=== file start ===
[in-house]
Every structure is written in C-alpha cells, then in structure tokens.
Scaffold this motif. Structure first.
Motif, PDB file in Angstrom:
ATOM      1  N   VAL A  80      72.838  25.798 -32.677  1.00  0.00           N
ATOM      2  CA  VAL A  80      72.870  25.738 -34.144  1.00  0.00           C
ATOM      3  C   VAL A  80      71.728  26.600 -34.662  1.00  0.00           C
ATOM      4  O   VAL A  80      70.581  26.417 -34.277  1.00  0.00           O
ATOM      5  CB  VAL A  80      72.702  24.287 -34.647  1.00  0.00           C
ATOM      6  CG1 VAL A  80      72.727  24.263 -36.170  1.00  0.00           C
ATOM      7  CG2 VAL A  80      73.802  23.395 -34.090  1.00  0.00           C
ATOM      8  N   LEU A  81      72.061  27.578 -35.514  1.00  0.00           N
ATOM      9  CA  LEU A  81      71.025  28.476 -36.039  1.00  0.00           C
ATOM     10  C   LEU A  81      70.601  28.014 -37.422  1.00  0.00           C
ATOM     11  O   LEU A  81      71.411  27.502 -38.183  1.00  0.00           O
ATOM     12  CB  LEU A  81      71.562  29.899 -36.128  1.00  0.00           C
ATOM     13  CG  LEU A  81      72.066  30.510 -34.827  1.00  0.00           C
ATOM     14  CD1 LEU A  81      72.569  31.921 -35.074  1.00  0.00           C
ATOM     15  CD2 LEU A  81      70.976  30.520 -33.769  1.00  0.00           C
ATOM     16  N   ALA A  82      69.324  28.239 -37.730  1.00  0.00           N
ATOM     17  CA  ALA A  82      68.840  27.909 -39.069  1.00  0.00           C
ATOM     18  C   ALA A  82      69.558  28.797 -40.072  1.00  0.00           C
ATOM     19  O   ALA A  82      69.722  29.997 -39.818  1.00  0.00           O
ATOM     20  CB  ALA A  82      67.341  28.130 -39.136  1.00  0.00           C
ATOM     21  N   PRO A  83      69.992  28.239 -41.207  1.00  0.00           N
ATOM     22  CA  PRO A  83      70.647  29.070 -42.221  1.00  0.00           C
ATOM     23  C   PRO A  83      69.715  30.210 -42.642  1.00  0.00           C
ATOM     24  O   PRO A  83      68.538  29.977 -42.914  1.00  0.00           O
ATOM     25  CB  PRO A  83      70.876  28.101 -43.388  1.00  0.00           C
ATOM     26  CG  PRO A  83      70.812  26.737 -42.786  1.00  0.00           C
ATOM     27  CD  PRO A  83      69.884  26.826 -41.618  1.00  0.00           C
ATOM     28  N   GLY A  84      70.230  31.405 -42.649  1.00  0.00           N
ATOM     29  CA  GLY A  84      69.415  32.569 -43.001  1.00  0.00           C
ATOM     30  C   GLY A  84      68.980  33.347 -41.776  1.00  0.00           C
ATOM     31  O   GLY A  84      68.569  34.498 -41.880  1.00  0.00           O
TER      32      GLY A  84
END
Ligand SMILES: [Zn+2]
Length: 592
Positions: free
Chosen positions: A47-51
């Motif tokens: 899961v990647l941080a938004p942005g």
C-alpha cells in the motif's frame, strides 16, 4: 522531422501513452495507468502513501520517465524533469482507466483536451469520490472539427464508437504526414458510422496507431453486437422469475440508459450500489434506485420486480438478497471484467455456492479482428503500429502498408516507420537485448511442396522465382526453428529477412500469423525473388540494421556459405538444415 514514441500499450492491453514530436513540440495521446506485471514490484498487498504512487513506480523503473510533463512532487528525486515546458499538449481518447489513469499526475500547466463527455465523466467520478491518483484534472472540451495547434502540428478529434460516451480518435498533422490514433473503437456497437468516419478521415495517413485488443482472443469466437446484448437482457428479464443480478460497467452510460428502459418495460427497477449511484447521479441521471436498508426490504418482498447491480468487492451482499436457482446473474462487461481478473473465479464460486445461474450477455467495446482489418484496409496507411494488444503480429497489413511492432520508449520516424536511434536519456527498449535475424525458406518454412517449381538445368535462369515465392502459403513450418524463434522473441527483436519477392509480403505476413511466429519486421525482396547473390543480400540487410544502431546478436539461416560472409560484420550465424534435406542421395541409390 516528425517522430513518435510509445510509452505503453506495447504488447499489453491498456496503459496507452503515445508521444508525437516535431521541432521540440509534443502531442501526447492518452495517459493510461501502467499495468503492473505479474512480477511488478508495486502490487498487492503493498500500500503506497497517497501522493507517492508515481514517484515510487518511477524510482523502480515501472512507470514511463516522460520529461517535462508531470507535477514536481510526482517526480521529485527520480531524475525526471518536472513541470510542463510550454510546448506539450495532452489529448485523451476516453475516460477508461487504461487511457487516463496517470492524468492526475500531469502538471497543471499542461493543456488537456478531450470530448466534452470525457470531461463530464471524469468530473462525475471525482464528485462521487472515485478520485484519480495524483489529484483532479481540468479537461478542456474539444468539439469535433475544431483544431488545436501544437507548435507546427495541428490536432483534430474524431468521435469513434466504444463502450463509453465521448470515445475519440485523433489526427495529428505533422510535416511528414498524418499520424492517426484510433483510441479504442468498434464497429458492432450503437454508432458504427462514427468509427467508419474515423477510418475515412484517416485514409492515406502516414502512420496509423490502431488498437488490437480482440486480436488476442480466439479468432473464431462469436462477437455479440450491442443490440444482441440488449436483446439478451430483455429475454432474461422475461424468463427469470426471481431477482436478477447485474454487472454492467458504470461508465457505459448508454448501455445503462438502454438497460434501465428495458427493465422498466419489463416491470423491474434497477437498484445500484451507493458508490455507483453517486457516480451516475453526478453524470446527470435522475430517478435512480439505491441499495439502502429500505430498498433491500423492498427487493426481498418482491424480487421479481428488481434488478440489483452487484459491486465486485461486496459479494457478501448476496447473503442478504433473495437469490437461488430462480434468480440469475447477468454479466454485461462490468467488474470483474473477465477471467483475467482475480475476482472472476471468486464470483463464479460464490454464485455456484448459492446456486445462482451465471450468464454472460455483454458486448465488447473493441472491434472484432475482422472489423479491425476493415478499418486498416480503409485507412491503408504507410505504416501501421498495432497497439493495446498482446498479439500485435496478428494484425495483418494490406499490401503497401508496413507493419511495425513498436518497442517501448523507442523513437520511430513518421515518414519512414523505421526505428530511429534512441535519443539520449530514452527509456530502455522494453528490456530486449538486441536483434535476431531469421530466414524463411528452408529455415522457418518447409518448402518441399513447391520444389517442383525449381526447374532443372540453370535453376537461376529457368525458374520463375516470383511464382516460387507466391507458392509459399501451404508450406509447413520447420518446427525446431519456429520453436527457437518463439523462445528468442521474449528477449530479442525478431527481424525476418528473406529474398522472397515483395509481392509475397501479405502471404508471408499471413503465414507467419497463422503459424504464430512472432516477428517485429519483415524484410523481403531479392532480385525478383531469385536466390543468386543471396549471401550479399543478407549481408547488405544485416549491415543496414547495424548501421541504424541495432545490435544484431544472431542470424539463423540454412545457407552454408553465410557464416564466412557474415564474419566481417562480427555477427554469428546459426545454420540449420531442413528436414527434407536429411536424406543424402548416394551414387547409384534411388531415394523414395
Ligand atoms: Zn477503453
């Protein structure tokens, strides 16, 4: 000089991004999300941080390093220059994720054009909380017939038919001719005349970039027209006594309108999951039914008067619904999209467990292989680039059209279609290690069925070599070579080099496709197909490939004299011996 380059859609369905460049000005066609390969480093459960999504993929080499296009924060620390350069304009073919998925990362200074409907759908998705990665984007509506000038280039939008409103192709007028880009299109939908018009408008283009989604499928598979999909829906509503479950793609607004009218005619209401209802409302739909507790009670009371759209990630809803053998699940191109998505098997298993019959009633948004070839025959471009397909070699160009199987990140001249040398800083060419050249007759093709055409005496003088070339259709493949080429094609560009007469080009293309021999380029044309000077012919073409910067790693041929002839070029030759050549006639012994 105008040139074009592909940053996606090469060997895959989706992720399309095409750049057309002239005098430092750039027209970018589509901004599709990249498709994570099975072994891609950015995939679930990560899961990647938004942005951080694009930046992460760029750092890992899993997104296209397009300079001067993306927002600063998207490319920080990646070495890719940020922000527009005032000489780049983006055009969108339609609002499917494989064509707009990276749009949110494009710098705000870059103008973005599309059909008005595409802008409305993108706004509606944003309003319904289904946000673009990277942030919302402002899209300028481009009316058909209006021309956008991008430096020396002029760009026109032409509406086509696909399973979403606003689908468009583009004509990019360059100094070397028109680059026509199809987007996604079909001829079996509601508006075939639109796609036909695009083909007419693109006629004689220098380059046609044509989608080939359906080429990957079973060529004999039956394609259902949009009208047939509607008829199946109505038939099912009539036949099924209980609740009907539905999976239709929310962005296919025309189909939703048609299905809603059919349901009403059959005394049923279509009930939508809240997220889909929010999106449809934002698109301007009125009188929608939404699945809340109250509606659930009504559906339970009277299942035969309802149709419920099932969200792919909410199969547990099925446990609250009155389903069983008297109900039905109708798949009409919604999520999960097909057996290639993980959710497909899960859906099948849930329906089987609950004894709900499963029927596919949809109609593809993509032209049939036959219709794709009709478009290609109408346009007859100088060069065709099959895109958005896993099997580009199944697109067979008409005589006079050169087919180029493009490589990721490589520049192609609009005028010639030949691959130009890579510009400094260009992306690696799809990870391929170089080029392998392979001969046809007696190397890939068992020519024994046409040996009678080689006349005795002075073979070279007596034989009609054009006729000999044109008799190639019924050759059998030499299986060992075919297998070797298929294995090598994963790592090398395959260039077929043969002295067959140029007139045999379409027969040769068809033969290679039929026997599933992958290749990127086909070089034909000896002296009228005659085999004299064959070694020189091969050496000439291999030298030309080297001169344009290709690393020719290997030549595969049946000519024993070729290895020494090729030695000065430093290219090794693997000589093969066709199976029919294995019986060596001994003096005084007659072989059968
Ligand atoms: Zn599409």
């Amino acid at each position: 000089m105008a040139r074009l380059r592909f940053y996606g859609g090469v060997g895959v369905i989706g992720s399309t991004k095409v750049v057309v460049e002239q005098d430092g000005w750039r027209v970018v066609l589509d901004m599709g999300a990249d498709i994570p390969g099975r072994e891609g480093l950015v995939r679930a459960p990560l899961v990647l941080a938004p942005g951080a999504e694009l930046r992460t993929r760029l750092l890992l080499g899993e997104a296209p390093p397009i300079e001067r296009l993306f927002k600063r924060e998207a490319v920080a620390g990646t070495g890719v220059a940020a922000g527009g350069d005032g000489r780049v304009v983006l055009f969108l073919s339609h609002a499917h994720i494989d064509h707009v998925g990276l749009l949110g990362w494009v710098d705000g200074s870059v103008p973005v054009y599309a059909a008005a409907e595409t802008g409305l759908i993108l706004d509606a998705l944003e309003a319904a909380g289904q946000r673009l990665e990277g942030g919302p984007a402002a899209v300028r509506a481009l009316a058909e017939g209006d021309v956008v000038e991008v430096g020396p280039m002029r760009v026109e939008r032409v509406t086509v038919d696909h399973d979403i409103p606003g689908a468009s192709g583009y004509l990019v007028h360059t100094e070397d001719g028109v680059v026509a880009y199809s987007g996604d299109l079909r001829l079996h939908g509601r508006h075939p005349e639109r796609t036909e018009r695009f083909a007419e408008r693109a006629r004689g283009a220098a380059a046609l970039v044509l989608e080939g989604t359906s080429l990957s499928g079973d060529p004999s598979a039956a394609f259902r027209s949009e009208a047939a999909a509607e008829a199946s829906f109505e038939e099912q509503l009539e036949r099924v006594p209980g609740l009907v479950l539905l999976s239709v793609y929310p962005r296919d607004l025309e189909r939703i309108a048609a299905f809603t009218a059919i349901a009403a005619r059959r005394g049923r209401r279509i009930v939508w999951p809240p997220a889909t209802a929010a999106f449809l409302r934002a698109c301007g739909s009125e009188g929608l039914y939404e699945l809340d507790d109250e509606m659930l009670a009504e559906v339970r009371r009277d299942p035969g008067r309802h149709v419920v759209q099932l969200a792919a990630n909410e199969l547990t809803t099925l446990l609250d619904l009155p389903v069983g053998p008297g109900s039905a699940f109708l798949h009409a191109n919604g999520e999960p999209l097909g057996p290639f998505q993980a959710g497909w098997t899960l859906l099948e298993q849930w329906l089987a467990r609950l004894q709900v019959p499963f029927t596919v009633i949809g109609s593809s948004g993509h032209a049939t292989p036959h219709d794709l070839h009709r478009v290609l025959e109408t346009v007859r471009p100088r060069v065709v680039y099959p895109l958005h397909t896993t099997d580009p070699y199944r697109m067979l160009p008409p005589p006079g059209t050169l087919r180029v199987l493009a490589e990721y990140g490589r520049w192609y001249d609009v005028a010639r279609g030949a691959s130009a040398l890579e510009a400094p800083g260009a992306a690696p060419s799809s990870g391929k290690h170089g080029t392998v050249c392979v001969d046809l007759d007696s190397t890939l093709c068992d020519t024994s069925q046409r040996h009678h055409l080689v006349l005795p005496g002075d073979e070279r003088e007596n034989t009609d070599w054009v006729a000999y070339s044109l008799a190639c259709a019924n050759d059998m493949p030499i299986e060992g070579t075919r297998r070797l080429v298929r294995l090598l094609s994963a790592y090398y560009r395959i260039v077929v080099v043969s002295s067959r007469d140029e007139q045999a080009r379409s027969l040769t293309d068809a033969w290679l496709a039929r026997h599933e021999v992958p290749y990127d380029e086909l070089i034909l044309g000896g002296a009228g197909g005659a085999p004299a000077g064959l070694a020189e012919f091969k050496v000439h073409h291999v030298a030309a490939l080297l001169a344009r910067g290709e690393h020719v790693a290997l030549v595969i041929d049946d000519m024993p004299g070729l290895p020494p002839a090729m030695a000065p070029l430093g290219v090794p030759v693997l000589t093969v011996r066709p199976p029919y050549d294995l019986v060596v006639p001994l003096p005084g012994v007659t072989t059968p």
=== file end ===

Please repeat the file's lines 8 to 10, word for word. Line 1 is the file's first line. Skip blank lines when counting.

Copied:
ATOM      4  O   VAL A  80      70.581  26.417 -34.277  1.00  0.00           O
ATOM      5  CB  VAL A  80      72.702  24.287 -34.647  1.00  0.00           C
ATOM      6  CG1 VAL A  80      72.727  24.263 -36.170  1.00  0.00           C